- Put the yogurt in a medium bowl and add the spice powder along with the remaining marinade ingredients. Stir to thoroughly combine.
- Cut deep diagonal slices into the tops of each piece of chicken, about 3 slashes per piece, depending on the size.
- Place the chicken pieces in a shallow, nonreactive baking dish and pour the marinade over them. Make sure they are thoroughly coated on all sides, and rub the marinade inside each of the slashes. Cover and refrigerate for at least 4 hours, preferably 6-8. (This allows the marinade to fully penetrate the chicken and optimize flavor.)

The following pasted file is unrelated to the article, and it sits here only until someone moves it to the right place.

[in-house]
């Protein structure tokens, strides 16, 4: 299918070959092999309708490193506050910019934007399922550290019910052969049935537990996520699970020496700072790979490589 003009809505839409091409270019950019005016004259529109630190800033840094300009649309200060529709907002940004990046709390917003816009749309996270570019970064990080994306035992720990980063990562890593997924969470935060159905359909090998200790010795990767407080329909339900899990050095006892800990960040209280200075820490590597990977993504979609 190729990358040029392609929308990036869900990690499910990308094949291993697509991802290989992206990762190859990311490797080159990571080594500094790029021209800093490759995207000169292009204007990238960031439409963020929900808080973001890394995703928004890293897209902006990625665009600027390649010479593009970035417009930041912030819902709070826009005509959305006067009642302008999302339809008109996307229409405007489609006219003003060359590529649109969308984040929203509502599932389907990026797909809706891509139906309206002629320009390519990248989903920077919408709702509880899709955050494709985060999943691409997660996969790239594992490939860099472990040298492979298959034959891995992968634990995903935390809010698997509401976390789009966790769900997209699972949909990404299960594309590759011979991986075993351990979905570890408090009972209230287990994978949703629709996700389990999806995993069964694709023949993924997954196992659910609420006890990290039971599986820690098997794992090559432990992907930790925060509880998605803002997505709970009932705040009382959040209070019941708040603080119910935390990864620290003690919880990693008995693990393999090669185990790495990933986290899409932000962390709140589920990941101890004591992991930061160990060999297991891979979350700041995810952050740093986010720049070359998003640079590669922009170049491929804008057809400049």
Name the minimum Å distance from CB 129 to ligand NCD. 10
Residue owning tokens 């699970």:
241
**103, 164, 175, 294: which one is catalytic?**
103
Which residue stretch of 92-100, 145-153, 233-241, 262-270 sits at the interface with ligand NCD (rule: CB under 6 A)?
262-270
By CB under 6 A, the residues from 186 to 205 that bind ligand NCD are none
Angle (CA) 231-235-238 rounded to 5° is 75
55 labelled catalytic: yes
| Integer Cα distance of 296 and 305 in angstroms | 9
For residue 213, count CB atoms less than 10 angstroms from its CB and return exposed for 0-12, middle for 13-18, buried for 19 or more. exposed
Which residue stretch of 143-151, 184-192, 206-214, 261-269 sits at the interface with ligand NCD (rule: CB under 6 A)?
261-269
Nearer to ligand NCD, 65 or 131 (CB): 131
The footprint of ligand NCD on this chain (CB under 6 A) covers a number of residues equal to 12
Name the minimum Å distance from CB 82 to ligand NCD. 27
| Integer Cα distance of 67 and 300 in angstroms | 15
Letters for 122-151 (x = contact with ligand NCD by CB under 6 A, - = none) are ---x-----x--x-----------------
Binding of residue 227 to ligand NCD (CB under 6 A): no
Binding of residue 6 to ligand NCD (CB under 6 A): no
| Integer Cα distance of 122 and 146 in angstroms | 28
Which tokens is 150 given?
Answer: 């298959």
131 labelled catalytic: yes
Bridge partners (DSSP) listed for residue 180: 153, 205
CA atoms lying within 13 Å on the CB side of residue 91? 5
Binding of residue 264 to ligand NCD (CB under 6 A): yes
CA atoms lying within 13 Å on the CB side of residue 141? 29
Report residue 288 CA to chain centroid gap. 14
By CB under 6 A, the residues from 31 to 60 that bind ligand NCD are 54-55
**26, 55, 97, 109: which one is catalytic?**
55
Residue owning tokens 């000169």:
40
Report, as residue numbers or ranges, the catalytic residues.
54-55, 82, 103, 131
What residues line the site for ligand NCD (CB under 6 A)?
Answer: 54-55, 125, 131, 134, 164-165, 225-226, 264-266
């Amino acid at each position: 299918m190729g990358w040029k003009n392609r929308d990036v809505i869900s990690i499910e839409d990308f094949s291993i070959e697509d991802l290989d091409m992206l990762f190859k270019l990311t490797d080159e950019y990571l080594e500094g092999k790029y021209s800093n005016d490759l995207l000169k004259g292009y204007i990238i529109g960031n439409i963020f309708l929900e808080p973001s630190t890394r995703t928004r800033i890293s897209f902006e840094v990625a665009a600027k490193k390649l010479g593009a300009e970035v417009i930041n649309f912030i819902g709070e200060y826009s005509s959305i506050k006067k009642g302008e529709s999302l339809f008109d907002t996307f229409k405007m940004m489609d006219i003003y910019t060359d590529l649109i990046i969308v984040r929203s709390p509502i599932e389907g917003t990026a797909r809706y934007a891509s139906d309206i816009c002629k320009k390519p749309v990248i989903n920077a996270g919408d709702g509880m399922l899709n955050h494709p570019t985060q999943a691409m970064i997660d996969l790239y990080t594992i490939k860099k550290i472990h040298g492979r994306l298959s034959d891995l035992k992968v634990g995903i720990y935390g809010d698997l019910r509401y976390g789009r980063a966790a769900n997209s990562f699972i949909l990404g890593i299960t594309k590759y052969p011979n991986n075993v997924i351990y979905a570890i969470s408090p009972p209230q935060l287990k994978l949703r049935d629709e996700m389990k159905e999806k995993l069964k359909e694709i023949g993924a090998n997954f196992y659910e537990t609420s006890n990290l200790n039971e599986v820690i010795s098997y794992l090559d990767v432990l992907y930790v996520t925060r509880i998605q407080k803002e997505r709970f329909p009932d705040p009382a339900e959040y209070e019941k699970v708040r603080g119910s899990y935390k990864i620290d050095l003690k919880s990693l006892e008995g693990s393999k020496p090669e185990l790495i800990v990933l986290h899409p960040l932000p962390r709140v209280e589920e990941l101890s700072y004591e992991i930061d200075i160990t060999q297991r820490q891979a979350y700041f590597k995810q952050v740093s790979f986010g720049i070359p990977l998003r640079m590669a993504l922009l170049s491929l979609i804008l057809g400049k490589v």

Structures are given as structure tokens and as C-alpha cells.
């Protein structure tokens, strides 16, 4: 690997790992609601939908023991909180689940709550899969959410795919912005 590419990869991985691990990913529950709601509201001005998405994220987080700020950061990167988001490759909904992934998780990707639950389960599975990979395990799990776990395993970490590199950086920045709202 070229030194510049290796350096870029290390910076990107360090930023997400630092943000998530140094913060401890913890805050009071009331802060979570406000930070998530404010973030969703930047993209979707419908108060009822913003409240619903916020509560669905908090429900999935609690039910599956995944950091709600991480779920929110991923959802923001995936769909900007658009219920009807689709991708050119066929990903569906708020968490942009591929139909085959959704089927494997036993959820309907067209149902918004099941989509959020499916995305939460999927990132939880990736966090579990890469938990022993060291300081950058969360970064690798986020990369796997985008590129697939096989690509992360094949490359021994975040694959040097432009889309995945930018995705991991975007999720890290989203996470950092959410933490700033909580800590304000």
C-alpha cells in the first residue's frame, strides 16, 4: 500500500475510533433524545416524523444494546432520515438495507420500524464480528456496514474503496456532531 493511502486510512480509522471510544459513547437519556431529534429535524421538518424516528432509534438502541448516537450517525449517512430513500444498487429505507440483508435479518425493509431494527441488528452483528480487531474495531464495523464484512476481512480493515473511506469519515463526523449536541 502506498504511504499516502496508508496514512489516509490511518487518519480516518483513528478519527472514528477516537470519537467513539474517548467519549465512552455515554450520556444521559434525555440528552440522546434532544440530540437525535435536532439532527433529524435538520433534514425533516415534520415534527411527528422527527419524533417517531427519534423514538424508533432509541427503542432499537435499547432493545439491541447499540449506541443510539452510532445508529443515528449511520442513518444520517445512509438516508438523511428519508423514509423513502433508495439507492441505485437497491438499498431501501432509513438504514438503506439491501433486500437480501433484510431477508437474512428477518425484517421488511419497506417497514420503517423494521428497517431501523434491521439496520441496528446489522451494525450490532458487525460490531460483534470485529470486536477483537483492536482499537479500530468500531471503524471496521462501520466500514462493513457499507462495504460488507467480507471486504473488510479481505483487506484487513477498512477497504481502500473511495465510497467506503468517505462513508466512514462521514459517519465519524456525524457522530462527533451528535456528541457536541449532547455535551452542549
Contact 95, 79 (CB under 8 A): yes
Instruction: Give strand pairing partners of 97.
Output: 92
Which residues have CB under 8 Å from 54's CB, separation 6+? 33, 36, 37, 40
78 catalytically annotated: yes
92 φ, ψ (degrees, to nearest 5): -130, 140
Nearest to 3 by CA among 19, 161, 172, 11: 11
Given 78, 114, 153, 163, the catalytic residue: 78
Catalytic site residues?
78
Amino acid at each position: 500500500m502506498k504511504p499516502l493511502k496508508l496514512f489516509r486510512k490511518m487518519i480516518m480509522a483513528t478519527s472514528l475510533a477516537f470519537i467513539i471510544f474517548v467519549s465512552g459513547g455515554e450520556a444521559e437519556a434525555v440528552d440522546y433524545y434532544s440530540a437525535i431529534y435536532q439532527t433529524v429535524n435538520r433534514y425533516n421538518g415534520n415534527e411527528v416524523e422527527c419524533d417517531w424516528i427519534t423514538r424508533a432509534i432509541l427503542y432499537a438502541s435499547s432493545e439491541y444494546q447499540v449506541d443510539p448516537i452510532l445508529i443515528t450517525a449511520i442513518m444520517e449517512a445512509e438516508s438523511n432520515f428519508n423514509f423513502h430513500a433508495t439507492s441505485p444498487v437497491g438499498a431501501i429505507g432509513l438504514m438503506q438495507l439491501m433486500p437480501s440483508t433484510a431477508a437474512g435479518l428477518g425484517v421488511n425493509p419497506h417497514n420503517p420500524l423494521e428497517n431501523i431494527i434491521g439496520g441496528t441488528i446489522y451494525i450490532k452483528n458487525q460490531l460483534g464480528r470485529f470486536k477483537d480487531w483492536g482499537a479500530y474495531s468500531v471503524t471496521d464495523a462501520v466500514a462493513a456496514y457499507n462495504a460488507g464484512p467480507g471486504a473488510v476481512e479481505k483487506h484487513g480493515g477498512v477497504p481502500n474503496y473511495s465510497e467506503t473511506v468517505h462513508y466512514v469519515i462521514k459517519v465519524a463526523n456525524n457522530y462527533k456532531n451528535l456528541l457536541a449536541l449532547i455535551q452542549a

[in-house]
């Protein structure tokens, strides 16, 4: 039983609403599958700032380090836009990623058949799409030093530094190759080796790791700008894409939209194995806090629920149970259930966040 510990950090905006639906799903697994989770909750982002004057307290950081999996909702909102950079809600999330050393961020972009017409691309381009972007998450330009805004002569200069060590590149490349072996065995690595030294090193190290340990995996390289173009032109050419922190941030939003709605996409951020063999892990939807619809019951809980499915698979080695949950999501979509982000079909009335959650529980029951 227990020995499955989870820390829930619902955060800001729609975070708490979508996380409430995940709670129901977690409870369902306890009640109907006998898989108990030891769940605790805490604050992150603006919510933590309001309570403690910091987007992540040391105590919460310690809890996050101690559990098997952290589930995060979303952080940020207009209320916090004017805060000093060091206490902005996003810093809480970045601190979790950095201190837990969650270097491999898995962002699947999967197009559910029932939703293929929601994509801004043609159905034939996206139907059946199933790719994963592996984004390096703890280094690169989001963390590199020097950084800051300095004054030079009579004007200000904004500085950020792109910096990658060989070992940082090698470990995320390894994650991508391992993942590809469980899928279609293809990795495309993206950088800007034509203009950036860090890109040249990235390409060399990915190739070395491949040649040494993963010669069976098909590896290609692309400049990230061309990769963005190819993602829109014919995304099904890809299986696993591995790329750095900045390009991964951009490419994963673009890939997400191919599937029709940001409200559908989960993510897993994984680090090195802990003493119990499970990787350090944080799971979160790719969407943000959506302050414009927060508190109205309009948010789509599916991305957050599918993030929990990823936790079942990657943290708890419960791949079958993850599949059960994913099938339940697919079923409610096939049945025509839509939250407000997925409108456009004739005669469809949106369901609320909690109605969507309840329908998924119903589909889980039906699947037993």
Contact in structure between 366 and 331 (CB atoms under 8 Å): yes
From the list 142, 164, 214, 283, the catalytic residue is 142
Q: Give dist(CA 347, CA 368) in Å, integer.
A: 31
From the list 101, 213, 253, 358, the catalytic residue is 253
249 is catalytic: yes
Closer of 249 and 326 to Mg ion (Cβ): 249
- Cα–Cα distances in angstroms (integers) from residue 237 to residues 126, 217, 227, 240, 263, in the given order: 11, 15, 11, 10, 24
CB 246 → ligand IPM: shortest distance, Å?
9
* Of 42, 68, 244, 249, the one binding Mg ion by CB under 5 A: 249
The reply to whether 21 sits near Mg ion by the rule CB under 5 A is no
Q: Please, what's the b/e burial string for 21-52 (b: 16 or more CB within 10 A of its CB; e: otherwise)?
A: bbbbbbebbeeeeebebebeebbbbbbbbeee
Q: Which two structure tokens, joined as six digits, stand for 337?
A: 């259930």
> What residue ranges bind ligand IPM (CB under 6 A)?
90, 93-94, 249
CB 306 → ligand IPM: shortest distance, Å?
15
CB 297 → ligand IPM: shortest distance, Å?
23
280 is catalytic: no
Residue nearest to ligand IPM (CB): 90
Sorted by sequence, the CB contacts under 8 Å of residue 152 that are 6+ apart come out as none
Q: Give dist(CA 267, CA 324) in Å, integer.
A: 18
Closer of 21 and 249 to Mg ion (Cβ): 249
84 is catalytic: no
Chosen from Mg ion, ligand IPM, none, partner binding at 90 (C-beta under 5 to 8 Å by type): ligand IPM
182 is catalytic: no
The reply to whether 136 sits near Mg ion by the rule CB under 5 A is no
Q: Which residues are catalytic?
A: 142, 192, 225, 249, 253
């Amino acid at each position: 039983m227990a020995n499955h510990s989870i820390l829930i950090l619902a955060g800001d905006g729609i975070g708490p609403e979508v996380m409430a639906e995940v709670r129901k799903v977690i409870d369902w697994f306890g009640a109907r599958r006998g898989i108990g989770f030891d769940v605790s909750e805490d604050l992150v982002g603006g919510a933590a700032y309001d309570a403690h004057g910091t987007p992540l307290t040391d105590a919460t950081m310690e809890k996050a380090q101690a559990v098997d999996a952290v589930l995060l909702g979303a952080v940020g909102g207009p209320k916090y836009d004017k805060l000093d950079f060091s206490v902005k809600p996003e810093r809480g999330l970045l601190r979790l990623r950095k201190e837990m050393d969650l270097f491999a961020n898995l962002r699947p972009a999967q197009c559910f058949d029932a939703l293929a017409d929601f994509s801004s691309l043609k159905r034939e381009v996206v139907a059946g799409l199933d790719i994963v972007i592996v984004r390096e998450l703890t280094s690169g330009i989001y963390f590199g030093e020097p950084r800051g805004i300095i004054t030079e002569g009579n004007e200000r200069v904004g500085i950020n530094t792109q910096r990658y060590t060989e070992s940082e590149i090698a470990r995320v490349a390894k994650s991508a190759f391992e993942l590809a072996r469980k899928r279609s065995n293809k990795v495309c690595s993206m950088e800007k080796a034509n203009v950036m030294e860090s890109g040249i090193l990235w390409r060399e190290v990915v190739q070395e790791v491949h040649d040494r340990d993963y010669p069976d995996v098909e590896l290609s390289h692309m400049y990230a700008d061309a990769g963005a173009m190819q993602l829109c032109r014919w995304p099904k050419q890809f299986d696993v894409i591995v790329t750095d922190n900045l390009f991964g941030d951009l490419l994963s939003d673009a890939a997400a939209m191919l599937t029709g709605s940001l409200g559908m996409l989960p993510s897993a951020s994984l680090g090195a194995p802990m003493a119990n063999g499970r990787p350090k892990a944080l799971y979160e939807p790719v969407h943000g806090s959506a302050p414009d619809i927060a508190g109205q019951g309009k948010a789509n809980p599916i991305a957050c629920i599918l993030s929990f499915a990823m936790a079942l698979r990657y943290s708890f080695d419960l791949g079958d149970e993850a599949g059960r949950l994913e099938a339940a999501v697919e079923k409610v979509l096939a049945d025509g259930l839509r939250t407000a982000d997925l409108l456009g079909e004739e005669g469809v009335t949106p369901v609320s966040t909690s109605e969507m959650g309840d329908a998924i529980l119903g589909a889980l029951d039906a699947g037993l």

- Preheat the oven to 500 degrees F.
- Place the chicken pieces on the grates of a roasting rack, or cover a baking sheet with aluminum foil and place the chicken on it. Drizzle the vegetable oil over the chicken (this prevents burning). Roast the chicken for 30 minutes, or until the juices of the chicken run clear when a knife is penetrated in the thickest part near the bone.
- Serve immediately with rice and/or fresh naan bread.